After about 15 minutes, we got to the first stop. There was a Park Ranger there who asked if we needed any help, and after we stared blankly for about five seconds, he determined we did. He told us what was actually going on. The Skyrail has three sections and four stations (the two ends and two intermediate sections). At each of the stations, you can get out and wander around to see whatever is around. So in that regard, the Skyrail can take as little or as much time as you want. The only reason we had to "hurry" was because we had a scheduled train ride back to where we started. Looking at our watch, and talking to the guide, we realized we didn't actually have to worry. We could take a fair amount of time at all of the stops and still have time before boarding the train. The guide showed us a really tall Kauri Pine (like we saw at the Adelaide Botanic Garden), and an interesting palm locally called "Wait awhile" (a number of them are in this picture) that acts more like a vine than a palm. It has a number of hooks all over it, and the hooks grab on to trees and other foliage to help climb to the top of the rainforest. Once there, the plant drops all of the spines, since they are no longer necessary.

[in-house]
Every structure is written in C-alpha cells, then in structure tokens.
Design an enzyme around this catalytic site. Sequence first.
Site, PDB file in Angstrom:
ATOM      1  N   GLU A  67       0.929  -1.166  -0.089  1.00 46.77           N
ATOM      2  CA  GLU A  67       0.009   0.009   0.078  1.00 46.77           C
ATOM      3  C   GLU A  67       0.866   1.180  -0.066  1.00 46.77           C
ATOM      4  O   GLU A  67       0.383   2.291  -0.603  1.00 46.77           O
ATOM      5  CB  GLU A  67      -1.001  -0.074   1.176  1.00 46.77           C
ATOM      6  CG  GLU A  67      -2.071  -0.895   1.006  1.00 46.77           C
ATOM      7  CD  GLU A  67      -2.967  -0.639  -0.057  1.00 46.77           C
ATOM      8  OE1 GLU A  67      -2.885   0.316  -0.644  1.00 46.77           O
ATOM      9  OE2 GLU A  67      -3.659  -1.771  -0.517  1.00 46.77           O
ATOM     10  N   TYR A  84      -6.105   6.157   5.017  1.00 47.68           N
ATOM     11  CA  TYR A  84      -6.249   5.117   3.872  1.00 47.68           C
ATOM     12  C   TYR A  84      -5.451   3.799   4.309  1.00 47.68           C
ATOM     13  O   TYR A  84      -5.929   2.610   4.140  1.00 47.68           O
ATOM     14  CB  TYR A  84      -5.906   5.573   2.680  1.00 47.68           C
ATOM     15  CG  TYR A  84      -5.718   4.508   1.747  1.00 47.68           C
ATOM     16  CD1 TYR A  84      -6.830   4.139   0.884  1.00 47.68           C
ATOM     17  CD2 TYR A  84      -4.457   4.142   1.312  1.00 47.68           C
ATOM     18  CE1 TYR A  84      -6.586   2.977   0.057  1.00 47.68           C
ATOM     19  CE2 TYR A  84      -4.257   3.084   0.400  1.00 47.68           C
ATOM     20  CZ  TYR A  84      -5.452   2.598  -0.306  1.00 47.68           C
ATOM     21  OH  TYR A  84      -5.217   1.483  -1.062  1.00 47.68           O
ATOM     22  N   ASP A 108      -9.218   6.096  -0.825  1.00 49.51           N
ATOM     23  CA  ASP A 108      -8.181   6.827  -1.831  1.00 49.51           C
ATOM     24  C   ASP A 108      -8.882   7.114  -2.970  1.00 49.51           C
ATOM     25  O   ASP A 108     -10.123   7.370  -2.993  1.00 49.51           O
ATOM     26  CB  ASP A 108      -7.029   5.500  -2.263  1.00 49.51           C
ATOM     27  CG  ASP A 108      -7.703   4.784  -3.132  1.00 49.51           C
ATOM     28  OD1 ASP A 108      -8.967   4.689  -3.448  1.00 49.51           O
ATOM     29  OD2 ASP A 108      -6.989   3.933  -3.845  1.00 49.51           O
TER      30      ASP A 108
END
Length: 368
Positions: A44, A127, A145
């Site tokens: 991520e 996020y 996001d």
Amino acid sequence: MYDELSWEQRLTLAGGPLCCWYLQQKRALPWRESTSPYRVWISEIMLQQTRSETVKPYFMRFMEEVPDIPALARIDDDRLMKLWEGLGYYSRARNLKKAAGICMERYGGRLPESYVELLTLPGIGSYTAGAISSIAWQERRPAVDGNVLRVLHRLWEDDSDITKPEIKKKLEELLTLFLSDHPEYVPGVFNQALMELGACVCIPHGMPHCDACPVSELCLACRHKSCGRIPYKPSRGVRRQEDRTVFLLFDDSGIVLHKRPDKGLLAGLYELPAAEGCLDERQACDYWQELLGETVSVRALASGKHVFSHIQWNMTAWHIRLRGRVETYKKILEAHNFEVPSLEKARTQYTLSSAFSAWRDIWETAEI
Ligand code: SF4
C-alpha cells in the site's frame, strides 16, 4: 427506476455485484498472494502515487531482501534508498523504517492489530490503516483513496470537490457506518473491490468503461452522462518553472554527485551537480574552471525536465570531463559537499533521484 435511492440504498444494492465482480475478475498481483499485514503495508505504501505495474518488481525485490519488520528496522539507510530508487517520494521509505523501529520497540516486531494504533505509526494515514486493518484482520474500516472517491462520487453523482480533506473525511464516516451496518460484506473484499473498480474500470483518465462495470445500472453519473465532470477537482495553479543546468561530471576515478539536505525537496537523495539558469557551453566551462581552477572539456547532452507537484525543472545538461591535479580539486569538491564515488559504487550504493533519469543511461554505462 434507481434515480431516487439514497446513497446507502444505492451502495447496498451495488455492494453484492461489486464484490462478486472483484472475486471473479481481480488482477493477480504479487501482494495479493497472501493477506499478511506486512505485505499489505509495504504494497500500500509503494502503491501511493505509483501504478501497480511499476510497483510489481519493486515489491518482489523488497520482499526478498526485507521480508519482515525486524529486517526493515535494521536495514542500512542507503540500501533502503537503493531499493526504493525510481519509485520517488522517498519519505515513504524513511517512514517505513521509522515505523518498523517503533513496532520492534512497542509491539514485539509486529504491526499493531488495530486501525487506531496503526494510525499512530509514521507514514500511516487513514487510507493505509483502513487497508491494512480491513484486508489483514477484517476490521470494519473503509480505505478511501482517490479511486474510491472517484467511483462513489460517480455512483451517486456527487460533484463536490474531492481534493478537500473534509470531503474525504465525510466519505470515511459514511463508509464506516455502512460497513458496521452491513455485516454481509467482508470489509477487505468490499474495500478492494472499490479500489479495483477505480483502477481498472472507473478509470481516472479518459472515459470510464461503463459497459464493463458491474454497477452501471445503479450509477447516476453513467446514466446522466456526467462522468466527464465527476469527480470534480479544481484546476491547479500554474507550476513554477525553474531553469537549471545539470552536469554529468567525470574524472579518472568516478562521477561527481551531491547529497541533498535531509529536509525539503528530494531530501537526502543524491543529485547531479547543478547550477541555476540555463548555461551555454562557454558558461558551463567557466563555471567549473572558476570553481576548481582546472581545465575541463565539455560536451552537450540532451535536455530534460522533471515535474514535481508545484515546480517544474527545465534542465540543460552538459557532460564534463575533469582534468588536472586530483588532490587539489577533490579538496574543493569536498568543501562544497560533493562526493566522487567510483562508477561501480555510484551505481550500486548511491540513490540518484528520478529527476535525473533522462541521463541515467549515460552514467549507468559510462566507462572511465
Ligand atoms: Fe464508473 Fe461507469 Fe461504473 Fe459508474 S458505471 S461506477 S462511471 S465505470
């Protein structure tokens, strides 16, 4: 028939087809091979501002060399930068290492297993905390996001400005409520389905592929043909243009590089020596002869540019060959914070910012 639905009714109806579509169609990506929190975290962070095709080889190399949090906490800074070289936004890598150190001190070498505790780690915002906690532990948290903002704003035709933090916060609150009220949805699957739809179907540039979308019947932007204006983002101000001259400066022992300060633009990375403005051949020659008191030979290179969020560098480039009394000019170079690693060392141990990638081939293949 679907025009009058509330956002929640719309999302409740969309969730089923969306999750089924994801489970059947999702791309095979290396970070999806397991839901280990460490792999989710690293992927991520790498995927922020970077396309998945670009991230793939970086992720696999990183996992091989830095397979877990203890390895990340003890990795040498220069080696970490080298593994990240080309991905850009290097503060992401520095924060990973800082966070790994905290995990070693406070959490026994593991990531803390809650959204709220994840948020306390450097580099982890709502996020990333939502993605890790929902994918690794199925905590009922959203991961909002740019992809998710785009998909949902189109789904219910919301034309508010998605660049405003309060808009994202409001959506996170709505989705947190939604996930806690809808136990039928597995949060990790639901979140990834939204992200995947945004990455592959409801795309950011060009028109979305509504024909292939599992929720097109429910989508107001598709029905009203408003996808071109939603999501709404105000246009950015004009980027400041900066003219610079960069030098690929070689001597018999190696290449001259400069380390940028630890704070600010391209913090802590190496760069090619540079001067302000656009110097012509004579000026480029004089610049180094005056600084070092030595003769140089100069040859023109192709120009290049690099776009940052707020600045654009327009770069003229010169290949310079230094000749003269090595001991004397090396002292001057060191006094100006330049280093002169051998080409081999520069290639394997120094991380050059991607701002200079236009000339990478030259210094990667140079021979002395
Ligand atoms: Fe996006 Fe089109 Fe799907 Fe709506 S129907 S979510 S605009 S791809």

On the second leg of the Skyrail journey, we saw a big waterfall, Barron Falls. We also saw some trees we have at home, including Castanospermum and Bracychiton. We also think we saw some King Palms, but since there are so many possible palms, and we were so high up, they could have been something else. After getting off the Skyrail at the next station, there were a couple more lookout points for the falls. The last leg of the journey was more of the same, with a nice little "break" of 2-3 minutes, when the wind picked up and our car just sat motionless. Well, motionless except for being blown around by the wind. Once on solid ground again, we were very happy. We wandered around Kuranda a bit, which was a huge tourist trap, but at least had nice warm weather that was good to walk in. We grabbed a bite to eat, then hopped on the train. The train ride was nice, but we were facing backwards, so we never quite knew what we were coming up on. It was a bit warmer than the Skyrail, but still pretty comfortable. We crossed over numerous bridges, through numerous tunnels, and down a lot of steep hills. It must have been hellish to build the line, especially during the wet season.